Tolls on Connecticut highways are one step closer to reality. The legislature’s Transportation Committee recently gave the “green light” to the state Department of Transportation to begin the 4-year process of planning to reintroduce the controversial devices.
Tolls were phased out over 30 years ago on I-95 and the Merritt Parkway, following a deadly accident at the Stratford turnpike plaza. New tolls would be electronic.
In their previous incarnation, there were tollbooths on I-95 near the Westport-Norwalk border. But they were not the first in the area.
In 1806 the state General Assembly granted a charter to the Connecticut Turnpike Company. They ran the road from Fairfield to Greenwich — today known as the Post Road.
In return for keeping the thoroughfare in “good repair,” they were allowed to establish 4 turnpike gates. One was at the Saugatuck River crossing — now known as the Ruth Steinkraus Cohen Bridge.
Four-wheeled pleasure carriages drawn by 2 horses were charged 25 cents. Two-wheeled pleasure carriages drawn by one horse paid 12 cents. Each sled, sleigh, cart or wagon drawn by a horse, ox or mule was charged 10 cents.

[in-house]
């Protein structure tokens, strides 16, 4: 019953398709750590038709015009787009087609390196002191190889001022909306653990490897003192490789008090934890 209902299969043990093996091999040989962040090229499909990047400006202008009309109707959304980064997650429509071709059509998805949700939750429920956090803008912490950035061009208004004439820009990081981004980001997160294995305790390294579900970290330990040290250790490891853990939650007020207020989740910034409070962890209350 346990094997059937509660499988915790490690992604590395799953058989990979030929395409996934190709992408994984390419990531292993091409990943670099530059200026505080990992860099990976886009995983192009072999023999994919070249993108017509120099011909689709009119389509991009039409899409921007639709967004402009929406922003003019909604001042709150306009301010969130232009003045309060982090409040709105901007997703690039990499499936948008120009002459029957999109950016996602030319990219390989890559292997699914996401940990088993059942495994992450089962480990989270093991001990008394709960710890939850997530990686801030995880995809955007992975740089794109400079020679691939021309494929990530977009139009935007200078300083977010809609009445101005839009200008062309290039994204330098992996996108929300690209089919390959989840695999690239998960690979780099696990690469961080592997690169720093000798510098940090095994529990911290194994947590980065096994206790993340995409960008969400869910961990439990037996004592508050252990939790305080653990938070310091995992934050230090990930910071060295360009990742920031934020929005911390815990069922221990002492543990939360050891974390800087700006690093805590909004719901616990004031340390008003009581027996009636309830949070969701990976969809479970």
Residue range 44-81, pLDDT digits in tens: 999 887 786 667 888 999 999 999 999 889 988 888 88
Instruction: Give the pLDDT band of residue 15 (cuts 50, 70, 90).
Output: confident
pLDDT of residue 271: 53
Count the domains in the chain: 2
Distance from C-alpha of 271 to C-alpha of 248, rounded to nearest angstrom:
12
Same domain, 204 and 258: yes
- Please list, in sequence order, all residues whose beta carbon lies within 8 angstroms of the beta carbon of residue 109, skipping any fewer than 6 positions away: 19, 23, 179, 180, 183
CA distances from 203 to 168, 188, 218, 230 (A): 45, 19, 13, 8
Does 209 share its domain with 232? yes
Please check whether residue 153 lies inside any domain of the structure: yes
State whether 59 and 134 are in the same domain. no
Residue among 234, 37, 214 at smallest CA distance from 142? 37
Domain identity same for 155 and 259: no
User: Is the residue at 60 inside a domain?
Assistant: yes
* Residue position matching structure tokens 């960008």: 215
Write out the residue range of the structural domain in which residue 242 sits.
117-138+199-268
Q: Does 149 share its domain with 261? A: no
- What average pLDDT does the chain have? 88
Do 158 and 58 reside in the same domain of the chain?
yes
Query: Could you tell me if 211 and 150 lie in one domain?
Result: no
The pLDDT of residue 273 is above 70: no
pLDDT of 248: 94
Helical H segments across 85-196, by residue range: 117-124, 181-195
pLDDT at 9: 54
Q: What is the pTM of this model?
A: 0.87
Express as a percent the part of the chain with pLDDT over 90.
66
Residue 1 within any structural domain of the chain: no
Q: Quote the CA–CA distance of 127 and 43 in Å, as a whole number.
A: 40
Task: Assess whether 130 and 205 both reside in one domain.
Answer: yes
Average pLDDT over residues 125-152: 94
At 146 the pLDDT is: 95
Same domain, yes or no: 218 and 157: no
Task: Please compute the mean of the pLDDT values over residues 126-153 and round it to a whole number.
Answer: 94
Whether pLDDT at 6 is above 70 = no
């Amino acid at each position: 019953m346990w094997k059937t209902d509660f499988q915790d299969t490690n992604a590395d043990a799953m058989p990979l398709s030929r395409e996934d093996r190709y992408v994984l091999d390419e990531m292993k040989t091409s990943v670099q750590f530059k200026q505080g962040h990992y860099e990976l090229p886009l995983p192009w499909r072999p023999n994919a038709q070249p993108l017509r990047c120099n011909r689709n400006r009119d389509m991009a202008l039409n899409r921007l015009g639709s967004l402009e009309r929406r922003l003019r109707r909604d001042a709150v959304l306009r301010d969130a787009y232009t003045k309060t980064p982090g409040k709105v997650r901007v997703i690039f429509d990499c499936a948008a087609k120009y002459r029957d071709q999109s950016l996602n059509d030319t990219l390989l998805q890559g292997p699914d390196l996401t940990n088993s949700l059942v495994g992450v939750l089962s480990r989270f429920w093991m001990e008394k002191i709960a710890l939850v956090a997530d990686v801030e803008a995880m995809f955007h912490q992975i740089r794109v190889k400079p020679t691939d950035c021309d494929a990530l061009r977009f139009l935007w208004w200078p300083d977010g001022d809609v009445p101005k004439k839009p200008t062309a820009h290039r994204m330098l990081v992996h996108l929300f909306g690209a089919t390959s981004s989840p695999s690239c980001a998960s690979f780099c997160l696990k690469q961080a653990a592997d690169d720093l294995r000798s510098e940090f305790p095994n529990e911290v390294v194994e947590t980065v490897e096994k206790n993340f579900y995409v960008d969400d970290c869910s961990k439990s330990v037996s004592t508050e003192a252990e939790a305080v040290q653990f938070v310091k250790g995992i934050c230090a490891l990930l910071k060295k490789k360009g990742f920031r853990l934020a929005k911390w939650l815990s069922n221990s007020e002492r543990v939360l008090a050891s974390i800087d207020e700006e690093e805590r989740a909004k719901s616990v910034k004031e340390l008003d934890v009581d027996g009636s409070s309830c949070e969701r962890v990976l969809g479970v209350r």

The state granted exemptions for people traveling to attend public worship, funerals, town or freemen’s meetings; those obliged to do military duty; “persons going to and from grist mills with grists”; people living within 1 mile of the toll gates, and “farmers attending their ordinary farming business.”
However — for reasons that are unclear — those exemptions applied only to the 3 other toll gates. The Saugatuck River bridge was not included.
Astonishingly, the toll for automobiles over 150 years later was still 25 cents.
I bet that won’t be the base rate
if when the new tolls are installed.